Light-activated lock could revolutionize drug delivery

The Gators may not be in the Final Four this year, but the brainiacs on campus are still toiling away, regardless. Researchers at the institution (that'd be the University of Florida) have just stumbled onto a remarkable discovery that could eventually "starve cancer tumors and prevent side effects from a wide range of drugs." The magic find? A "lock-like molecule" that clasps or unclasps based on exposure to light. Sure, we've seen our fair share of newfangled drug delivery tools, but none that have been this noninvasive or simple to activate. In tests, gurus found that they could use visible or ultraviolet light to open or close a clasp, letting blood flow or creating a clot; in theory, this could one day be used to "prevent the formation of tiny blood vessels that feed tumors." Everything about this sounds just fantastic on the surface, but seriously, can you imagine how dead we'd be if the robots ever got ahold of this?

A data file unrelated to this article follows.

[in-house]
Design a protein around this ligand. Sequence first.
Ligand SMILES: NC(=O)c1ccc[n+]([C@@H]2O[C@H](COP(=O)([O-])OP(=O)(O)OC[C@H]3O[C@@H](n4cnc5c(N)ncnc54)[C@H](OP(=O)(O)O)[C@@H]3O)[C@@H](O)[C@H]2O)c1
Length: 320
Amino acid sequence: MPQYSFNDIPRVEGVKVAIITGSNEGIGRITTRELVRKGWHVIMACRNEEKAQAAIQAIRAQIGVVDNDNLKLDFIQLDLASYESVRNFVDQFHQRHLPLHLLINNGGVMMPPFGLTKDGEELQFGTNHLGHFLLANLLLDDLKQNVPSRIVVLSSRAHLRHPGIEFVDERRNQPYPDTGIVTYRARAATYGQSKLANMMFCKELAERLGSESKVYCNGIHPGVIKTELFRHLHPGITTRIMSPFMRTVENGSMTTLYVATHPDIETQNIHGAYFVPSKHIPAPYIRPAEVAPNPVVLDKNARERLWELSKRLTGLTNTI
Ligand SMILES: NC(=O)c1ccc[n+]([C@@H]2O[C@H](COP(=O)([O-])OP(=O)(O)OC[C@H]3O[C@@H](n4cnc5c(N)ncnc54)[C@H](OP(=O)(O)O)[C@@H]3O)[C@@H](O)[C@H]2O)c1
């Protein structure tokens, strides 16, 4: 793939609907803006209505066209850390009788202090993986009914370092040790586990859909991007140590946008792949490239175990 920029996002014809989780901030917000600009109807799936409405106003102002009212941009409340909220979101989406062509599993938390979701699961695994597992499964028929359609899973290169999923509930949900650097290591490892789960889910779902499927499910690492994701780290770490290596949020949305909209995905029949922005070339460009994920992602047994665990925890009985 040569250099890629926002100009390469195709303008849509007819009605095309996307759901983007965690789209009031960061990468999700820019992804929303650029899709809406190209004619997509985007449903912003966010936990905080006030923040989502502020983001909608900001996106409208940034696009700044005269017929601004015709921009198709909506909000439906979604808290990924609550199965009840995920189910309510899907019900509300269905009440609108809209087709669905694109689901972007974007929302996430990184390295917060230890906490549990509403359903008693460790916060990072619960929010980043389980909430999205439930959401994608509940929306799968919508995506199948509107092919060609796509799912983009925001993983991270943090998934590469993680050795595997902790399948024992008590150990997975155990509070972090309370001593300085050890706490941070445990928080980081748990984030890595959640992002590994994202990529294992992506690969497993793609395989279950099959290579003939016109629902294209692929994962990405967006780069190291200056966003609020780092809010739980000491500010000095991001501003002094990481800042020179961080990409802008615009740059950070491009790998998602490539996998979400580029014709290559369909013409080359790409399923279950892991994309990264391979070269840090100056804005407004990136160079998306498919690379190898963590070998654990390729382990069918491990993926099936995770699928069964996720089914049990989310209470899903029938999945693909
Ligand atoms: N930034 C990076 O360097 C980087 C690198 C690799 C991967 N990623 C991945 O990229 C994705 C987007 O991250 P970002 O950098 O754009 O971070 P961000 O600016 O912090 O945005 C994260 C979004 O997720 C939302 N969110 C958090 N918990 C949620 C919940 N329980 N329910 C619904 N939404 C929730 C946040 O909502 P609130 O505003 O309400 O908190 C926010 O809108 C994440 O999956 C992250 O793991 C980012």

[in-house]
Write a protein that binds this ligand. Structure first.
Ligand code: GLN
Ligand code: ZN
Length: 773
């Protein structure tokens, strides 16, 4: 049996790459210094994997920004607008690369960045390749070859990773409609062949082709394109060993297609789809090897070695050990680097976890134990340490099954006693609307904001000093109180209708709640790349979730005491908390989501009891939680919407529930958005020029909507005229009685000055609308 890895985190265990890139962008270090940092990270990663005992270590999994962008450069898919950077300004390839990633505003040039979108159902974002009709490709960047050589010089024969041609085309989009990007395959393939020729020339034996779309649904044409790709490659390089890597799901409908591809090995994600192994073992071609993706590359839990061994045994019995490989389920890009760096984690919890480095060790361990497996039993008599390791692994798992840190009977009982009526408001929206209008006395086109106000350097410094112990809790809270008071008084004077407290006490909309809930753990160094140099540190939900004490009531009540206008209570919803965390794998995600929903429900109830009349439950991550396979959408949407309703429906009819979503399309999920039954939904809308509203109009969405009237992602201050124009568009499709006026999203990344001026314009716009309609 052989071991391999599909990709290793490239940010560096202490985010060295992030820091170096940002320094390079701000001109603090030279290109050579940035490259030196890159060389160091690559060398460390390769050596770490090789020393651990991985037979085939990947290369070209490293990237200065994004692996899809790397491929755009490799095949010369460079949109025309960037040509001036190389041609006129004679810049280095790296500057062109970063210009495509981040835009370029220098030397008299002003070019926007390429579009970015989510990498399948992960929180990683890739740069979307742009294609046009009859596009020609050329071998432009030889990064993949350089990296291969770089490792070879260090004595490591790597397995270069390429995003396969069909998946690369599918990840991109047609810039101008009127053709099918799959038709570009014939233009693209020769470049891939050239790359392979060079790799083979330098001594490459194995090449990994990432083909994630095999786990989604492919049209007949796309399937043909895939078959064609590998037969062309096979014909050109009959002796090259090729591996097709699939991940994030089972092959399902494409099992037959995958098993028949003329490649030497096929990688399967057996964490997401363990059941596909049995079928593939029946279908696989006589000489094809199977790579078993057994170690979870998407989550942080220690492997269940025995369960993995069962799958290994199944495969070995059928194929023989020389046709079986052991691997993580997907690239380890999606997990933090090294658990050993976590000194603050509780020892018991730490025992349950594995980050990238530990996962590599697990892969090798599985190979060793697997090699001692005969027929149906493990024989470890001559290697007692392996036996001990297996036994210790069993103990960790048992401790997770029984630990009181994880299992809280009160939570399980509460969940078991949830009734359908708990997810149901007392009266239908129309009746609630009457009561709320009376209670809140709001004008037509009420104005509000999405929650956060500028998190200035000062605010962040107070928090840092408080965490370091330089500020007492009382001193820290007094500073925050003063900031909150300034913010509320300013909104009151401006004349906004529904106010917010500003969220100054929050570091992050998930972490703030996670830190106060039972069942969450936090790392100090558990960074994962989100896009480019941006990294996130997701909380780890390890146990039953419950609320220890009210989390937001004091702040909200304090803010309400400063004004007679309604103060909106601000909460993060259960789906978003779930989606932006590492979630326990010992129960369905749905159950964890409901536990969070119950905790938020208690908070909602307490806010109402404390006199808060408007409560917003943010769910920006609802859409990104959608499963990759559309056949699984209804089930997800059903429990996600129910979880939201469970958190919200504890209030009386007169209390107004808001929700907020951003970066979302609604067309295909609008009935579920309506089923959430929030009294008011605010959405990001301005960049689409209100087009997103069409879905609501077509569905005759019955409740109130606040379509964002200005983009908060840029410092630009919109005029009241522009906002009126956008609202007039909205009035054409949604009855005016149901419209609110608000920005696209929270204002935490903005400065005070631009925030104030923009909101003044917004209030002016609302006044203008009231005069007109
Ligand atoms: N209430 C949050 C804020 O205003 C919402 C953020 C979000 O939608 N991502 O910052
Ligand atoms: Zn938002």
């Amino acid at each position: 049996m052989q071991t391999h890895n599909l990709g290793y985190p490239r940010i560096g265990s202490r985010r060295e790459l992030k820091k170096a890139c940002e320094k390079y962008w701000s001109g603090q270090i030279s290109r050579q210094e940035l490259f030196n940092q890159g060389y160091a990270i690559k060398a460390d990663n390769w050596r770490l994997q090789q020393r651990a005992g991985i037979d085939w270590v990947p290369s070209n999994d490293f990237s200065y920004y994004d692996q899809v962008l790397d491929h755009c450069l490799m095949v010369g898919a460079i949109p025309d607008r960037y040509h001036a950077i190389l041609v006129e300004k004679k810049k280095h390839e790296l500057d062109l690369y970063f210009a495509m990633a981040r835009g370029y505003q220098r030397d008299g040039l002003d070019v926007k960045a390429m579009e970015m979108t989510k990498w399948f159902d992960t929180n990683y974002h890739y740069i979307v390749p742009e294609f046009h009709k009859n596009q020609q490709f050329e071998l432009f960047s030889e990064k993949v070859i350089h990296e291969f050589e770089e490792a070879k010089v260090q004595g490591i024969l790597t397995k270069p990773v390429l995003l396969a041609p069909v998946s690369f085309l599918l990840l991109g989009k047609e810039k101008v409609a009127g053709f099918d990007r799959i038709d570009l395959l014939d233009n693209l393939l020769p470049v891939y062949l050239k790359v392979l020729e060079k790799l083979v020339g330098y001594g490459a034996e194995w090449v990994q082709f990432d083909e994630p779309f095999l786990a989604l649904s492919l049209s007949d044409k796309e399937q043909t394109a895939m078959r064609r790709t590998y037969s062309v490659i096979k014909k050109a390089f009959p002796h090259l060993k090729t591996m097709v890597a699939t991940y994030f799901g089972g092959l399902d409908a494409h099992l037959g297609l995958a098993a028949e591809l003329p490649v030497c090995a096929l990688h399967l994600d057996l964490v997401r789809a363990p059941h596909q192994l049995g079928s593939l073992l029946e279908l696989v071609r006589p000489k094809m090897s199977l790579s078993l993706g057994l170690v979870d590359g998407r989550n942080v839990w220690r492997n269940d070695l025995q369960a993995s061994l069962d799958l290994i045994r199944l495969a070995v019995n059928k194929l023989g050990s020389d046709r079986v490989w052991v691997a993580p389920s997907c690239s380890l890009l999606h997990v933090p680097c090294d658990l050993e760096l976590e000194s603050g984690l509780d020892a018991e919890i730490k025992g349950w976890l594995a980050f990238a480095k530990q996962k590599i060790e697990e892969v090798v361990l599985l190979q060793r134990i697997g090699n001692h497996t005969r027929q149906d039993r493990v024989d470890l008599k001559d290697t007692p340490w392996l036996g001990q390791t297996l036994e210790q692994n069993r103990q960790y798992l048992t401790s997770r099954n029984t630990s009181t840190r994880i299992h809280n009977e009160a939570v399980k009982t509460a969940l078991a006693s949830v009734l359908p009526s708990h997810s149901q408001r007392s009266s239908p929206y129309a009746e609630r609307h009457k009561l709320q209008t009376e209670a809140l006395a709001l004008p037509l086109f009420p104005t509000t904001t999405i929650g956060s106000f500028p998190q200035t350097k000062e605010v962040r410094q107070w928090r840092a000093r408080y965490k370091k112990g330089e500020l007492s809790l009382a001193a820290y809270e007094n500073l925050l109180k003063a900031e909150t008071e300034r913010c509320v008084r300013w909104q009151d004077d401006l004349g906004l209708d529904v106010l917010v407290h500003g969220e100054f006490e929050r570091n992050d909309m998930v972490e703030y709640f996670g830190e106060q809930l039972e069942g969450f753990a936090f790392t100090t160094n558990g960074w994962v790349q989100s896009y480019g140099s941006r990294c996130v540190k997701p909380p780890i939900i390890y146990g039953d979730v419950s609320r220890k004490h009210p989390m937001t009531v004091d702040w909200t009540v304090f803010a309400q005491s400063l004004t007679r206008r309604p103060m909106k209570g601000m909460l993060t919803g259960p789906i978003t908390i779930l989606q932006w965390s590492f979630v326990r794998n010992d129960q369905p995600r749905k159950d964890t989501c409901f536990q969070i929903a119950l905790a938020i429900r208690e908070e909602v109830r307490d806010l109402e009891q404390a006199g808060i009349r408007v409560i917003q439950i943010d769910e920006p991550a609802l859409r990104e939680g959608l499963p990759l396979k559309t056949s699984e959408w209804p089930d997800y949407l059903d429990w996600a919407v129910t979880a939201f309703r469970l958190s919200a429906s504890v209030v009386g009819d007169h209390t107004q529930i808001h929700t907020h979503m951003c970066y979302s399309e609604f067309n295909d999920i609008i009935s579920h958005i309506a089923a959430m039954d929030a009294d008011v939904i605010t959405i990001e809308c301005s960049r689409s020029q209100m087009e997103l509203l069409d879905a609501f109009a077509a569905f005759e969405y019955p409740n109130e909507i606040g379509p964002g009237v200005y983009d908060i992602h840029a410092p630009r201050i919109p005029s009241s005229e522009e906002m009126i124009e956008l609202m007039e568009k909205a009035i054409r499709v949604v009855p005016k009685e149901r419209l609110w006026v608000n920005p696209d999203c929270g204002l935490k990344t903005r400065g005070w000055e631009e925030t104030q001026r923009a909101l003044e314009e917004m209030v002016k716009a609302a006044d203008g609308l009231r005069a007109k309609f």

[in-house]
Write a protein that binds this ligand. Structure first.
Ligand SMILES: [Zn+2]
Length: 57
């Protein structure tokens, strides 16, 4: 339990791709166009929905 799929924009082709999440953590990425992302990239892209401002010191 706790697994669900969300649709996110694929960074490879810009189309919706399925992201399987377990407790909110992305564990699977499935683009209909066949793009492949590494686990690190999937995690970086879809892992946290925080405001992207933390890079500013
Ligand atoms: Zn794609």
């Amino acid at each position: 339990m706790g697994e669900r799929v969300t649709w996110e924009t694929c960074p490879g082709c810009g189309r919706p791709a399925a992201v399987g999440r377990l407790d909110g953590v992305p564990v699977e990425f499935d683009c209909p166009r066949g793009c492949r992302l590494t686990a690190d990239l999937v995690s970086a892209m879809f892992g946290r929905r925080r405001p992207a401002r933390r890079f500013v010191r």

[Via Physorg, image courtesy of NanotechNow]